Martin James Wilson: environmentalist, musician, festival organizer, Frisbee thrower; b Aug 1, 1959; d August 11, 2022
“Hello all my beautiful worms. How are you today? I hide from the light as usual.”
That was Martin Wilson – die-hard environmentalist, event organizer, guerrilla worm farmer – glossing over his charges.
Wilson, who has died at the age of 63, spoke softly and encouragingly to the worms he illegally farmed in large bathtubs at an unused bus stop in the Aro Valley.
He knew that Wellington City Council would probably shut him down. It did.
* Get going: Wellington worm farmer told to move his illegal operation from the bus stop
* Don’t let public events go to waste
* Thousands enjoy the sun and fun at Kilbirnie Festival
But a year later, in 2019, he had another attempt to do his bit for the local environment by spending $1500 of his own money and many hours of labor on a community compost site at the end of Holloway Rd.
It wasn’t just piles of kitchen scraps. They were feats of engineering accompanied by an inordinate amount of instructions on how to use them.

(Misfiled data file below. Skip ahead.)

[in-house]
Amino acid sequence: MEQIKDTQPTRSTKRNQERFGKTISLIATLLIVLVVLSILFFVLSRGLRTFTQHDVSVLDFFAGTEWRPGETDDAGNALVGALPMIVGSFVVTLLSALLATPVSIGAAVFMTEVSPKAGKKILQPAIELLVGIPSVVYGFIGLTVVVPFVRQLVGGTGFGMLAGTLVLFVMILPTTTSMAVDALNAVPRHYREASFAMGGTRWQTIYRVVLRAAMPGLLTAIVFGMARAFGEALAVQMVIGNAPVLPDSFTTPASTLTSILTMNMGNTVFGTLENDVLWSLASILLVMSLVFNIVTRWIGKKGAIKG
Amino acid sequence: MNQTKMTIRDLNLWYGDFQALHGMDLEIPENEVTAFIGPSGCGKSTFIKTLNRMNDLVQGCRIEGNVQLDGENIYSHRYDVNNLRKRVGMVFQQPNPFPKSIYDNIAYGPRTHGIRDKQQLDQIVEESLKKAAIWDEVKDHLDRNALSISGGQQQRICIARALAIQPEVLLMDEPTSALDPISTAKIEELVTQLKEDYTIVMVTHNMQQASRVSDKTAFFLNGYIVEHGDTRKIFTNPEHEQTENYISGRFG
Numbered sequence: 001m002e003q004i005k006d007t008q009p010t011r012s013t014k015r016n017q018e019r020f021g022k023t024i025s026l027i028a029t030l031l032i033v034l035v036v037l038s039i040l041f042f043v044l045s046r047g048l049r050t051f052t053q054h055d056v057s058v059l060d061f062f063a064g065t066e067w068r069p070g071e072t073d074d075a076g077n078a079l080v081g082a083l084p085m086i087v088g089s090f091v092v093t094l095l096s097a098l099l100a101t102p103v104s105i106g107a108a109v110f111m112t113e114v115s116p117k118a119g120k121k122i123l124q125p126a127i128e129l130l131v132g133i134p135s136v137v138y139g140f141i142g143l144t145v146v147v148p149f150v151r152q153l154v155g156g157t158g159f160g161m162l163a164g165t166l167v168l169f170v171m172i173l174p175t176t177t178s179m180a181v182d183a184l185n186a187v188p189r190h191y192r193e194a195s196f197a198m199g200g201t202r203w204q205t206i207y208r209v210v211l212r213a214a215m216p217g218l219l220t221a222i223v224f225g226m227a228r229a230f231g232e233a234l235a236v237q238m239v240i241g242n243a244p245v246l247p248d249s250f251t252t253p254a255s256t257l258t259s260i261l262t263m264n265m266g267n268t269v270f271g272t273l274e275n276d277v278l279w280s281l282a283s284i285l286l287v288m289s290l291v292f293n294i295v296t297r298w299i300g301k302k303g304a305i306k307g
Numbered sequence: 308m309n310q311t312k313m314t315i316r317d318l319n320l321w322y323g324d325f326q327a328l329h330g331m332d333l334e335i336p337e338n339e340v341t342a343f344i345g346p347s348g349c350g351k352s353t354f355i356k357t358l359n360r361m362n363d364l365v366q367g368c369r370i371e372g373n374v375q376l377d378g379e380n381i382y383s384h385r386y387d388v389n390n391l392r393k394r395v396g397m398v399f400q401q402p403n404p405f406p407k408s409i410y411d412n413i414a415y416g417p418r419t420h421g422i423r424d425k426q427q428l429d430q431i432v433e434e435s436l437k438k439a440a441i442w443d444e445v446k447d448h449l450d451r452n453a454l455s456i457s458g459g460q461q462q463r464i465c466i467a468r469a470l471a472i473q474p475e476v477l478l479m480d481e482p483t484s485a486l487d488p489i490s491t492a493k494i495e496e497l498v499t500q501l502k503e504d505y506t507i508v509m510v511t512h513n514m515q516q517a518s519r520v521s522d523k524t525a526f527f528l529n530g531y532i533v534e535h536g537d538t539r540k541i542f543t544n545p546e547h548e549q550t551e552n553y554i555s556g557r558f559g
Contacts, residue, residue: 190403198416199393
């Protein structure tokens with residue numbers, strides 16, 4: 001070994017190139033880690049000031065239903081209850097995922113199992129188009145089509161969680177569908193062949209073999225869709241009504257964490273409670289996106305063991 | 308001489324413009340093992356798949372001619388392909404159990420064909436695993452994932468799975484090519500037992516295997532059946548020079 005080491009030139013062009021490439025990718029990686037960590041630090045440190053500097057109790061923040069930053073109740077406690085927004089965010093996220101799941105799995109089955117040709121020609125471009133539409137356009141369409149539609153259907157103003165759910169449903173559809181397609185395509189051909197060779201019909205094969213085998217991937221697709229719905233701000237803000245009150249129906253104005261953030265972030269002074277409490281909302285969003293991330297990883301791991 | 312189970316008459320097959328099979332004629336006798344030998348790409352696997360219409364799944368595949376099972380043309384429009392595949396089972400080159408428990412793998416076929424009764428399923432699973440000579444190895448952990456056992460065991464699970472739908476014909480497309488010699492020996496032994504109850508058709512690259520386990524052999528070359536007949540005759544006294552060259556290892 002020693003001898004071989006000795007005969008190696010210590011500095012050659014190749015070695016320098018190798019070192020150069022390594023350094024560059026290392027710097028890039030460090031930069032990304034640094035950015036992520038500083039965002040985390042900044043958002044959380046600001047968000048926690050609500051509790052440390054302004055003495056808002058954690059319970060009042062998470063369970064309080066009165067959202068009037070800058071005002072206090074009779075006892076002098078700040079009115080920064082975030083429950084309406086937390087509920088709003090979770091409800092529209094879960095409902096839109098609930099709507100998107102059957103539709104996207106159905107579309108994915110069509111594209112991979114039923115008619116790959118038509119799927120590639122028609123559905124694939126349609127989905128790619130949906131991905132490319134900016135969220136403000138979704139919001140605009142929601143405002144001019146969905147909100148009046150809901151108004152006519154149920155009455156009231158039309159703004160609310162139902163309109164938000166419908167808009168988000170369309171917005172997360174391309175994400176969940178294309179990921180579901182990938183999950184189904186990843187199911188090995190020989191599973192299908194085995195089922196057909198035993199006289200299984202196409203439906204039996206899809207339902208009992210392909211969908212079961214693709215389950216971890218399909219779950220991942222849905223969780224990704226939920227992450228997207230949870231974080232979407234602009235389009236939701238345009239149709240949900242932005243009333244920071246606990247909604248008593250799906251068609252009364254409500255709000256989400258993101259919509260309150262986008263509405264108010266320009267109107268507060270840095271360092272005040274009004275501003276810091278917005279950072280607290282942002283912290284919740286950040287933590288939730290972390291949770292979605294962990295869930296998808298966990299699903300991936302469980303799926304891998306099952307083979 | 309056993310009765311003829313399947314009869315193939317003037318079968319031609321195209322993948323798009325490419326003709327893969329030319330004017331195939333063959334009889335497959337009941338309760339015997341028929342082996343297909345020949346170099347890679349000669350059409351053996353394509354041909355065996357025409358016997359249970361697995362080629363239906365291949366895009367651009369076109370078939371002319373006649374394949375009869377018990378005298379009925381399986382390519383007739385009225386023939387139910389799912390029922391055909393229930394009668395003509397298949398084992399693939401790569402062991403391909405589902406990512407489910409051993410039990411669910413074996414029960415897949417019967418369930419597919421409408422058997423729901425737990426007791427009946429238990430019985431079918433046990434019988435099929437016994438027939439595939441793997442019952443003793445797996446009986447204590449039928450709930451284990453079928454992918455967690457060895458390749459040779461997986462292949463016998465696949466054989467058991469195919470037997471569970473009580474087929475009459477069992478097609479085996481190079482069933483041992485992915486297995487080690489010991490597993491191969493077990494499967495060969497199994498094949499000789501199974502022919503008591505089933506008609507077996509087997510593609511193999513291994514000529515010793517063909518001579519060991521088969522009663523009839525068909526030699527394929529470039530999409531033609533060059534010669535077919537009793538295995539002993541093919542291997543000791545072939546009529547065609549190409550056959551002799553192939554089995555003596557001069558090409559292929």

The council initially threatened to do the same, but relented at the eleventh hour after Green Councilwoman Iona Pannett intervened.
The illegal worm ‘hotel’, the guerrilla composting plant – it was all about mitigating the impact of greenhouse gases arising from landfilled organic waste.
Wilson was a greenie through and through. He was just doing what he thought was a good idea and encouraging people not to take the trash to the landfill but to compost their kitchen scraps and mowed grass, a pal recalled.
He was a big proponent of taking individual responsibility for tackling climate change. A great thinker who can write 4000 word emails about any idea.
He had his supporters as well as his critics. A group of Aro Valley residents feared the compost heap would “lower the tone” in the neighborhood, Wilson said in an interview at the time.
The smell and appearance of it were undesirable to some.
“[But] When faced with a climate emergency, we may need to act a little more harshly than these minor inconveniences,” he said.